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NEWS: Americans Find Creative Ways to Aid Victims

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posted on Jan, 1 2005 @ 10:07 PM
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From the Kentucky widow who held a charity New Years eve fund raiser to the collage that offered free basketball tickets for a donation, to the group of children who stood in the rain selling hot chocolate, America has come together to raise money for disaster relief in Asia.

 



story.news.yahoo.com
BOSTON - A Kentucky widow, moved by the cries of grief she heard in reports about the tsunami disaster in south Asia, invited her entire town to a New Year's Eve bash to raise money for the victims. In California, a college offered free basketball tickets, with a gift for relief efforts the only price of admission.

A group of children in a Seattle suburb stood out in the rain offering "Hot Chocolate for Tidal Wave Relief!" and raised $255.

In ways large and small, people around the country have found ways to help victims of one of history's worst natural disasters.

"I can say the outpouring has been amazing," said Coco McCabe, a spokeswoman for the Oxfam International relief agency. "Even though it's happening on the other side of the world, it feels so close."



Please visit the link provided for the complete story.


Many of have been appalled at the finger pointing that occurred in the days following the Asian tsunami disaster. Many of you chose politics over reality, trusting to you prejudices and perceptions to formulate your negative opinion. America will no doubt lead the world in contributions when this tragic period is over. Unlike most countries private donations will no doubt eclipse what the government gives. Shame on the doubters and naysayers both here on ATS and the world.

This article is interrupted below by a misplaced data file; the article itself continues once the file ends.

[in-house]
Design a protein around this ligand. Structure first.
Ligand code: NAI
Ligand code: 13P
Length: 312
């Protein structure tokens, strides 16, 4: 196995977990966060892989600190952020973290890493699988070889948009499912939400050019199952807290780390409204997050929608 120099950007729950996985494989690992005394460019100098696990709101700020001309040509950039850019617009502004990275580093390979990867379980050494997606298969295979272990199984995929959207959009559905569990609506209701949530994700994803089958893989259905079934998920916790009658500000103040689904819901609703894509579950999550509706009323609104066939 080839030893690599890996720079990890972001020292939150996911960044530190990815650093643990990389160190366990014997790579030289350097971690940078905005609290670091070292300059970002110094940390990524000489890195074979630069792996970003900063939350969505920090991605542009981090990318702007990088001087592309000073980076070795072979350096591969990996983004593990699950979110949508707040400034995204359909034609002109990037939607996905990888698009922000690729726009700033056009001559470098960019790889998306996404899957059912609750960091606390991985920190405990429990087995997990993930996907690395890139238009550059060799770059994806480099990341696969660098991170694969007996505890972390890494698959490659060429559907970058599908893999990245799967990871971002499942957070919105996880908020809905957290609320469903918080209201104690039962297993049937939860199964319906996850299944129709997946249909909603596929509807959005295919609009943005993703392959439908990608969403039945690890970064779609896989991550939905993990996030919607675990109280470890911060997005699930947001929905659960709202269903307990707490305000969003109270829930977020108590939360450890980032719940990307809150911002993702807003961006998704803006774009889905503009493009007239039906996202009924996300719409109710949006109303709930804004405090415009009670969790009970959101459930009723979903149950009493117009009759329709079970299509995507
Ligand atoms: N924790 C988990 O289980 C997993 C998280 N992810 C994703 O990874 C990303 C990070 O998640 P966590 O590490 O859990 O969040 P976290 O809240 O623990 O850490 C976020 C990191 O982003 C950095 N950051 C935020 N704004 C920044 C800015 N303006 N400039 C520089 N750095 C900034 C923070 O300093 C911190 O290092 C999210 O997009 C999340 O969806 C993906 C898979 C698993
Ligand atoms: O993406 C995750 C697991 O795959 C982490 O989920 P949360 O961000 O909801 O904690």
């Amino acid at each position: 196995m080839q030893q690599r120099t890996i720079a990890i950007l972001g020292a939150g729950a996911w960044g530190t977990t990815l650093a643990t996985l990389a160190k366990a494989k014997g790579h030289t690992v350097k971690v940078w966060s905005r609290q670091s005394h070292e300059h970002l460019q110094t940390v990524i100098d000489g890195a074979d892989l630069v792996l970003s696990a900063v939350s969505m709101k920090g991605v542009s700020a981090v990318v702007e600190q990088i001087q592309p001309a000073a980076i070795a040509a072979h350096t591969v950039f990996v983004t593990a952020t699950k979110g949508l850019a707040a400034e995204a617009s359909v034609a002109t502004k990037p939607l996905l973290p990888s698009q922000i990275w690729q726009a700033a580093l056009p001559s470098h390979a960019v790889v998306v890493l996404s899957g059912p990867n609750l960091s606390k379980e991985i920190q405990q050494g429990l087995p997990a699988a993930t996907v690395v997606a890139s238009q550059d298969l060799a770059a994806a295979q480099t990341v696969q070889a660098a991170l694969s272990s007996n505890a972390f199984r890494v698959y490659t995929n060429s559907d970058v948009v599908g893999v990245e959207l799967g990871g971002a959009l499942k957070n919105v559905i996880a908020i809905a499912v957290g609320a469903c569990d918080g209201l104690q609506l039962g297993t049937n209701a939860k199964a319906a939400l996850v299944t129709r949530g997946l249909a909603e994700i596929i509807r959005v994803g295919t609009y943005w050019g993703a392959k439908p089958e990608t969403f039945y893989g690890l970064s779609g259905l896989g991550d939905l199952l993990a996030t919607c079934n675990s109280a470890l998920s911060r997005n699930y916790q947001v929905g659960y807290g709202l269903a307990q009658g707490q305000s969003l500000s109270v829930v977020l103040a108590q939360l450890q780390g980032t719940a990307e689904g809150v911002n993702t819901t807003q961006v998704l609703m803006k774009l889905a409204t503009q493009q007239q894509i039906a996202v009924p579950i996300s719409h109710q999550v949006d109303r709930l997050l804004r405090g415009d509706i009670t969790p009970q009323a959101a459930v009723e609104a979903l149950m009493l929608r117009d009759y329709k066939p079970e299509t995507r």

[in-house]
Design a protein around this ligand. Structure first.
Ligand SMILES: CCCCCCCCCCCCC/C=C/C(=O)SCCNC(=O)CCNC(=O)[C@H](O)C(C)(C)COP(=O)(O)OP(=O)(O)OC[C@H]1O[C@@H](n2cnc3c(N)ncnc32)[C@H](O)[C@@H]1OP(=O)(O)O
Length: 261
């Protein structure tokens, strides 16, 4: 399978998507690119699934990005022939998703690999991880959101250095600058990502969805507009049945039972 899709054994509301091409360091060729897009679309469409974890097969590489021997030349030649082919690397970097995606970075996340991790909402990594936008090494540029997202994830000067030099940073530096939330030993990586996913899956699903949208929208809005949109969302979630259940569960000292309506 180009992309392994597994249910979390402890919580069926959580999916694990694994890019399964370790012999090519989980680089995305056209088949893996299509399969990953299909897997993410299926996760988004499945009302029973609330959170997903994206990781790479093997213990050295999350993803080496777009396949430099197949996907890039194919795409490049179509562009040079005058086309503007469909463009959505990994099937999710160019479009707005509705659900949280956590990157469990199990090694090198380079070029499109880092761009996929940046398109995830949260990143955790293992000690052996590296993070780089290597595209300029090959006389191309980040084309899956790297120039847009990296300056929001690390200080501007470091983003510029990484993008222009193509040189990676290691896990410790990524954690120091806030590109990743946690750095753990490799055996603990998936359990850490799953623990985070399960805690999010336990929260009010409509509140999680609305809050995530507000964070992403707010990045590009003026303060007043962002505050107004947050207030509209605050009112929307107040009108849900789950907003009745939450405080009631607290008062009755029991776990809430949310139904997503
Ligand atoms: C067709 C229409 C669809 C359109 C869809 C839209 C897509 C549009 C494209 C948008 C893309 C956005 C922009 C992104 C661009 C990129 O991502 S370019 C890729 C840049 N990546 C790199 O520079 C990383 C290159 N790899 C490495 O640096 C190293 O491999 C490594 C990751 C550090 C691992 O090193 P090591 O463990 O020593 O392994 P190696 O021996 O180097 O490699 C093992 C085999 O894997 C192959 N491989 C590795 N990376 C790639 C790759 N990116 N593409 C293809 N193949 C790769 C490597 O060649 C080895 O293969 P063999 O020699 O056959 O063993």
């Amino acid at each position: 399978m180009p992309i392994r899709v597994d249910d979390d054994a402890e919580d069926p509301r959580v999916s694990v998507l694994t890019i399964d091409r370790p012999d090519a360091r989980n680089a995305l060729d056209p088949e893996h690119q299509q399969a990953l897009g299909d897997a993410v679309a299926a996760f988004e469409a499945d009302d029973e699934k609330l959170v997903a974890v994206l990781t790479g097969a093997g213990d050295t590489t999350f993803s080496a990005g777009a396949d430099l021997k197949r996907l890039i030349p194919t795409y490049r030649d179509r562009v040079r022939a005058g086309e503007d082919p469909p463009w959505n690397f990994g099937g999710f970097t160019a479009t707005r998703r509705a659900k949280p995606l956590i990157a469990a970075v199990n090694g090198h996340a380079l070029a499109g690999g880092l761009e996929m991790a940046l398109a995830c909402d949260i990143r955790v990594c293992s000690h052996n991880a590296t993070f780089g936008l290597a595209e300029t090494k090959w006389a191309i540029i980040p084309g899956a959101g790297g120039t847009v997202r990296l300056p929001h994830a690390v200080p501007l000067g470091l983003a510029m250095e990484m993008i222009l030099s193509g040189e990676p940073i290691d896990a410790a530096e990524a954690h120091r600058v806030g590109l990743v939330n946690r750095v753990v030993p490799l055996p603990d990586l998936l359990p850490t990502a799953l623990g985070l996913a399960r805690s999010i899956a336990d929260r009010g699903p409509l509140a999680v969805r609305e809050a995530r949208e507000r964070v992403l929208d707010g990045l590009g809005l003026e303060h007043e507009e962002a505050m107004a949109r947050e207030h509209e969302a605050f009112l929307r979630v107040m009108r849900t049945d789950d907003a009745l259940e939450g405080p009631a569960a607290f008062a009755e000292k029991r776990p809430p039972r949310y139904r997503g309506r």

[edit on 1-1-2005 by Banshee]




posted on Jan, 1 2005 @ 10:35 PM
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Originally posted by FredT
Unlike most countries private donations will no doubt eclipse what the government gives. Same on the doubters and naysayers both here on ATS and the world.


Why are you so quick to assume that the private donations of other countries will not also be high?
I've heard that on a few of the threads but I don't think it's true.

The British public has so far donated over $115 million (60 million pounds) link

It looks like the German public has donated at least $26 million dollars. link

I'm sure the citizens of other nations will also donate.



posted on Jan, 1 2005 @ 10:39 PM
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Ace never said that all countries, just most. But the demographics of the U.S. and its history of giving will no doubt hold true.

What still cheeses me off is the members that took the oppurtunity of this disaster to go off on yet another "US Sucks" rant that get really old.

[edit on 1/1/05 by FredT]



posted on Jan, 1 2005 @ 10:55 PM
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Originally posted by FredT

What still cheeses me off is the members that took the oppurtunity of this disaster to go off on yet another "US Sucks" rant that get really old.


I'll agree with you on that.
I've never called the US cheap or stingy as I don't think that's the case.

My posts on the contributions of others have only been to counter claims that other nations are not giving enough.



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